The “Rule of Lenity” in D.C.

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According to the “Rule of Lenity,” a court should construe any ambiguity in the language of a criminal statute in favor of the defendant.

On the “Claim of Right” Defense in D.C.

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Although “claim of right” is a valid defense to robbery and other theft offenses, the defense fails when the defendant takes more than the property whose ownership is in question.

The “forfeiture-by-wrongdoing” doctrine in Hairston

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Under the ‘forfeiture-by-wrongdoing doctrine, a defendant forfeits his Sixth Amendment right to be confronted by a witness against him, as well as his objection to the introduction of hearsay, if he wrongfully procured the unavailability of that witness with the purpose of preventing the witness from testifying.

Bias and corruption in Jones v. US

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Bias can be “a favorable or friendly feeling toward a party.” It can also be hostility toward someone, a motive to lie out of self-interest, and/or corruption.

On Judicial Notice and Mejia-Cortez

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Although a court may take “judicial notice” of commonly known facts, the government must still prove every element of a criminal offense beyond a reasonable doubt.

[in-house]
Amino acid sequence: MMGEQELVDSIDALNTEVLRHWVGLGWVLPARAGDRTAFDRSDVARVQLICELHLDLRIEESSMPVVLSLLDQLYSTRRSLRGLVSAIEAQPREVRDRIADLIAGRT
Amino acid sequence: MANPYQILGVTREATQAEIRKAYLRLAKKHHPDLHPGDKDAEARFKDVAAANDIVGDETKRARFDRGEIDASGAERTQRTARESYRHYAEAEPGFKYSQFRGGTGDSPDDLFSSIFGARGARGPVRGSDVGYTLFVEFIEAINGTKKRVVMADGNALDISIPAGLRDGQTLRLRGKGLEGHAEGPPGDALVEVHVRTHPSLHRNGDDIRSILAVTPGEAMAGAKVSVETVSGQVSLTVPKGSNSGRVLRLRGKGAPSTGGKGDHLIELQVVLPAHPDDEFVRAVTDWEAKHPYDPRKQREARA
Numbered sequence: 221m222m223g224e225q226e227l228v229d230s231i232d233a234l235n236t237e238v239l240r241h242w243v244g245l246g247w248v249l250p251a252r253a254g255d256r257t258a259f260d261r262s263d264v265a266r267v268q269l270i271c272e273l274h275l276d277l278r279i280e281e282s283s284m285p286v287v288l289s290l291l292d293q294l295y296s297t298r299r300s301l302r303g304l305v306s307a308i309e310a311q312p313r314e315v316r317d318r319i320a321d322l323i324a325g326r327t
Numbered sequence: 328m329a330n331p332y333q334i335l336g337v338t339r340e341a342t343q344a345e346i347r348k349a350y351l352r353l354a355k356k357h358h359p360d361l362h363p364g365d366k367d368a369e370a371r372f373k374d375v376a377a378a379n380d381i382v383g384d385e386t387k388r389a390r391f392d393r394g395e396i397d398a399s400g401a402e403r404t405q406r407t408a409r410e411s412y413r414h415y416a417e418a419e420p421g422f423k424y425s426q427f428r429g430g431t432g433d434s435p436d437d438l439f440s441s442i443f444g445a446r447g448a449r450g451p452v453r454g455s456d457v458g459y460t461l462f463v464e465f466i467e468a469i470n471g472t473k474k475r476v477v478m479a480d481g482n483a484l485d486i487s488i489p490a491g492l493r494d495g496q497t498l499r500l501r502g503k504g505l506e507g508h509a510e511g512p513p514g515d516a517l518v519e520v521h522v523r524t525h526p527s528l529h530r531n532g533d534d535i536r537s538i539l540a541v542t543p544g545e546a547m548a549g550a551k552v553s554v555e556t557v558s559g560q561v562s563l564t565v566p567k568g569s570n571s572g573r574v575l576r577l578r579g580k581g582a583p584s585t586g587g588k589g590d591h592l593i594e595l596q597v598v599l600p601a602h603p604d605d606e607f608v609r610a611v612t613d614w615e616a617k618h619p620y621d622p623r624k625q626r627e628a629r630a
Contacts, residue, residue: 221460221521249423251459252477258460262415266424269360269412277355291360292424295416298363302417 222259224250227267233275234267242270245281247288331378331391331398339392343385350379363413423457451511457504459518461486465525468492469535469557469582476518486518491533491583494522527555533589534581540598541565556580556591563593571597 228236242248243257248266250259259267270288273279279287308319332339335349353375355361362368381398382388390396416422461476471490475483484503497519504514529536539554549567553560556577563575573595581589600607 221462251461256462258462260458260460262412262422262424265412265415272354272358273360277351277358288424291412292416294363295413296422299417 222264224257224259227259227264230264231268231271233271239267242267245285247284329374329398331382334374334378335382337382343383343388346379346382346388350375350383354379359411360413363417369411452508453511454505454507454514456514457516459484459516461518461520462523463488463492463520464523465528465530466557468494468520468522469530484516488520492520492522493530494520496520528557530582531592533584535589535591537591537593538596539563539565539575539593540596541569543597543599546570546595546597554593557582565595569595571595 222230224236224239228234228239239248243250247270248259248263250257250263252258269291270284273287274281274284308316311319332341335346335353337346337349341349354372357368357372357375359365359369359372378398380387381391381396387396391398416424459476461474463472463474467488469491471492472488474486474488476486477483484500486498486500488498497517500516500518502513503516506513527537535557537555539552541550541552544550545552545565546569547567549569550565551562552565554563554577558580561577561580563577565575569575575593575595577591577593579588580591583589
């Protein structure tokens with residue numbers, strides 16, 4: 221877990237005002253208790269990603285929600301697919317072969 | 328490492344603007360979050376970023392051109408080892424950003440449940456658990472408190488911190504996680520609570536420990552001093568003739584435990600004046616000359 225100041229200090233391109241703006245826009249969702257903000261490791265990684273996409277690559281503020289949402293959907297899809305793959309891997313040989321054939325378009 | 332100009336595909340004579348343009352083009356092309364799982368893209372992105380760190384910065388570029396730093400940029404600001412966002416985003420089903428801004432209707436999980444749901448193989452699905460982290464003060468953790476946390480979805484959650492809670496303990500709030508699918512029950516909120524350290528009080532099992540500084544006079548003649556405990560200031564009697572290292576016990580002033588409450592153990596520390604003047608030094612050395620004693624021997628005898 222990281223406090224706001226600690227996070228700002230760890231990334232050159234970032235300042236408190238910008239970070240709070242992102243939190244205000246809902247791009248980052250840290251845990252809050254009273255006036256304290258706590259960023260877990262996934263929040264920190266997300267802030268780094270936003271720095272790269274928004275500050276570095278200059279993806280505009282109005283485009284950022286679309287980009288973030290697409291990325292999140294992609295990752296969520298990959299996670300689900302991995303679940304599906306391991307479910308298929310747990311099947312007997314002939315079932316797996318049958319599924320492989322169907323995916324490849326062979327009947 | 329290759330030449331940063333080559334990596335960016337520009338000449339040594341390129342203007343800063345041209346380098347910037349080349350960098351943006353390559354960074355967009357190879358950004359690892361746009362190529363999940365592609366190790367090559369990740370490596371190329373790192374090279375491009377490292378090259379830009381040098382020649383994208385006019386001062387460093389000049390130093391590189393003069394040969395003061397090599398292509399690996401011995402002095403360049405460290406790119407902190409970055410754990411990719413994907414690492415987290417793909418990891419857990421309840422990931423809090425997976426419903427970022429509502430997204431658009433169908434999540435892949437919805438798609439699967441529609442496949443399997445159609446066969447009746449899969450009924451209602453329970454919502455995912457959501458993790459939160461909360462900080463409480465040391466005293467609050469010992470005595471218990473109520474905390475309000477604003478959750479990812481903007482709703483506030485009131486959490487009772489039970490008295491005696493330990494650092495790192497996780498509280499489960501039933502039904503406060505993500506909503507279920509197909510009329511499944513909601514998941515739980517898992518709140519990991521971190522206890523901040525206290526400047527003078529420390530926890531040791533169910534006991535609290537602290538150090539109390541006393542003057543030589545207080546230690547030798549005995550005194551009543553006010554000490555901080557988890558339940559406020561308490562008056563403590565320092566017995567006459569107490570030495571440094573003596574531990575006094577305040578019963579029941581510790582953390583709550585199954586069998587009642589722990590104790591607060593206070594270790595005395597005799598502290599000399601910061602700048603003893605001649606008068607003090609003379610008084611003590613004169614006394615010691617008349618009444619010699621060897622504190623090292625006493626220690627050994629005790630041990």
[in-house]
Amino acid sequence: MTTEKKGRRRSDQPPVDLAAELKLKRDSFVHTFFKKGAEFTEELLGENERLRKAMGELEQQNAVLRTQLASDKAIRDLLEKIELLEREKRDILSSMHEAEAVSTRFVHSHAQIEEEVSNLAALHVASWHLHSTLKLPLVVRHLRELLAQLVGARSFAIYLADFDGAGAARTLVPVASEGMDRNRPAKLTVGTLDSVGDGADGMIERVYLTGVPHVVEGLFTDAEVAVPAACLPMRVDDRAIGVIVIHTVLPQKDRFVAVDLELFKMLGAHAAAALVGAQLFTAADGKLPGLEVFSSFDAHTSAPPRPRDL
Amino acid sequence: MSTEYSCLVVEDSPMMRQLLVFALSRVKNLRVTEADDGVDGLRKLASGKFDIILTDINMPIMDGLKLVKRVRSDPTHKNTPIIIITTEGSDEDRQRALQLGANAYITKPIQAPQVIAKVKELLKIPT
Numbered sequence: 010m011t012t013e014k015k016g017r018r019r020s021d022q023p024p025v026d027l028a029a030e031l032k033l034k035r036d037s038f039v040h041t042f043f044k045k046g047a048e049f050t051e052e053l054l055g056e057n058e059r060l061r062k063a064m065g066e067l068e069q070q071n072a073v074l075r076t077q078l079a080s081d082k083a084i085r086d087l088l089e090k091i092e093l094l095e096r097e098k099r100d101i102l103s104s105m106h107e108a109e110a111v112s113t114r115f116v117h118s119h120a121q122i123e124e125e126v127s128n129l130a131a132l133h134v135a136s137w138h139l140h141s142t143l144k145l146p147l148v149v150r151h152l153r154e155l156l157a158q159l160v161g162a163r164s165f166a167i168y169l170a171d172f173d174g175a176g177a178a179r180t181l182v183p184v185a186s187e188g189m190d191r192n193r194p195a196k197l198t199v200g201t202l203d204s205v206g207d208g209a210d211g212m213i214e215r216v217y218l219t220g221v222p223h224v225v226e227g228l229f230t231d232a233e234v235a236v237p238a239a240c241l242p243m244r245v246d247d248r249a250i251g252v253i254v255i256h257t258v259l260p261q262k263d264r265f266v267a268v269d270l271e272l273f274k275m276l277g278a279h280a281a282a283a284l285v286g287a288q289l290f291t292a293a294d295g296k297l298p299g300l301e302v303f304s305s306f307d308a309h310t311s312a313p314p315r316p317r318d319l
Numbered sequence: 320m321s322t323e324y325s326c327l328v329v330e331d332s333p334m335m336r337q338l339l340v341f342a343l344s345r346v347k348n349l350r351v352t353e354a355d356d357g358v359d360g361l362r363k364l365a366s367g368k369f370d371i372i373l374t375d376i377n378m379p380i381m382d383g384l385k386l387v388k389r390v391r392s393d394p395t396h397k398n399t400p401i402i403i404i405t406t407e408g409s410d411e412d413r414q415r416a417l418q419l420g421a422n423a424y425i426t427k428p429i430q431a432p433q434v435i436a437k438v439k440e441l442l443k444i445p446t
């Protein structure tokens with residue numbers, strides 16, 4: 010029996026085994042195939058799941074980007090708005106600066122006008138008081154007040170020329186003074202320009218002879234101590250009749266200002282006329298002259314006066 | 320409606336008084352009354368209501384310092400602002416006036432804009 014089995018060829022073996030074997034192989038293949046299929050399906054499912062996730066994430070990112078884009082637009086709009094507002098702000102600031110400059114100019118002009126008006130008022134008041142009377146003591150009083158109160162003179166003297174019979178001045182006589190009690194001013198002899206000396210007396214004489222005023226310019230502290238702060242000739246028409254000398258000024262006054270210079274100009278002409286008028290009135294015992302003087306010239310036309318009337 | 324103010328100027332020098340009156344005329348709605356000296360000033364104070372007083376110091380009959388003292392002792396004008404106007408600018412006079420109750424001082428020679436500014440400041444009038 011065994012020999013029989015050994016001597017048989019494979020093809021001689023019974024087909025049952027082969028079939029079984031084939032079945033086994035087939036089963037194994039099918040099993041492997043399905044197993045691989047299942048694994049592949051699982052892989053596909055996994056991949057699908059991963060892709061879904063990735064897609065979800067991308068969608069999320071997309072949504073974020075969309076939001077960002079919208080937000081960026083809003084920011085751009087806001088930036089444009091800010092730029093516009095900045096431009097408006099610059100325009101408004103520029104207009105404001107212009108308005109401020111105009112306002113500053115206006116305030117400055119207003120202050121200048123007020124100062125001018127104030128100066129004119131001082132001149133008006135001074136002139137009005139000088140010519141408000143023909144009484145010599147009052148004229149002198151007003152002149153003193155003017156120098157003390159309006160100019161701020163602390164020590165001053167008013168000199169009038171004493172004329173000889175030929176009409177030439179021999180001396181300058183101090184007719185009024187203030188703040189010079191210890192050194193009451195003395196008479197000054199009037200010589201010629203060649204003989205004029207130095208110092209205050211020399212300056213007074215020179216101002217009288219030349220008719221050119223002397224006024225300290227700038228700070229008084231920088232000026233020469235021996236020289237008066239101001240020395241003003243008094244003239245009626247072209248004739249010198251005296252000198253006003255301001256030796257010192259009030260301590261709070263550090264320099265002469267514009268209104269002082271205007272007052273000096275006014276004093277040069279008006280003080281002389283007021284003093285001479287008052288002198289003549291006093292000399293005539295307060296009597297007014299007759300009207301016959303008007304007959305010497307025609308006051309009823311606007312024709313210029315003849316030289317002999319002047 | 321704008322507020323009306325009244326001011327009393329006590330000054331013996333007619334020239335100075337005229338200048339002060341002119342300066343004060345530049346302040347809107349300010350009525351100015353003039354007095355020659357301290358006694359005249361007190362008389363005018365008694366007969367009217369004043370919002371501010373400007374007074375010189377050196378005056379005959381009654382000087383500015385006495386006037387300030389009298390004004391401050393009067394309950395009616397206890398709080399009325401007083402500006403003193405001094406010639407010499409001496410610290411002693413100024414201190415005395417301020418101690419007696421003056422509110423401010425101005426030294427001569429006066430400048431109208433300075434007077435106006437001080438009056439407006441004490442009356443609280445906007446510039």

On the right to testify in Graves v. U.S.

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It is reversible error for the trial judge to prohibit the defendant from testifying that he was acting in self-defense when the court had already concluded that the arresting officer had not used excessive force.

On the “missing evidence” jury instruction in Howard v. US

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Like “reading the white space” on a police report (that is, focusing on what is NOT included), the “missing evidence” jury instruction “essentially creates evidence from non-evidence.”

Clearing/sealing/expunging a criminal record

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Everything you need to know about clearing, expunging or sealing your criminal record in anticipation of background check for employment, adoption, immigration, volunteer opportunity or gun license.

When it Comes To Self-Defense, it is the Immediacy of the Response Needed, Not the Immediacy of the Threat

Words in the law do not always mean what their dictionary definitions say they mean. With respect to a prior consistent statement, for example, it is not really, as suggested by the rule, that such a statement must… Read More

Judicial Notice: The Difference Between “Legislative” and “Adjudicative” Facts

A court accepts a well-known and indisputable fact without taking the time and trouble of requiring a party to prove it.  What could be more straightforward, more commonsensical, than that?  As McCormick puts it, the “oldest and plainest… Read More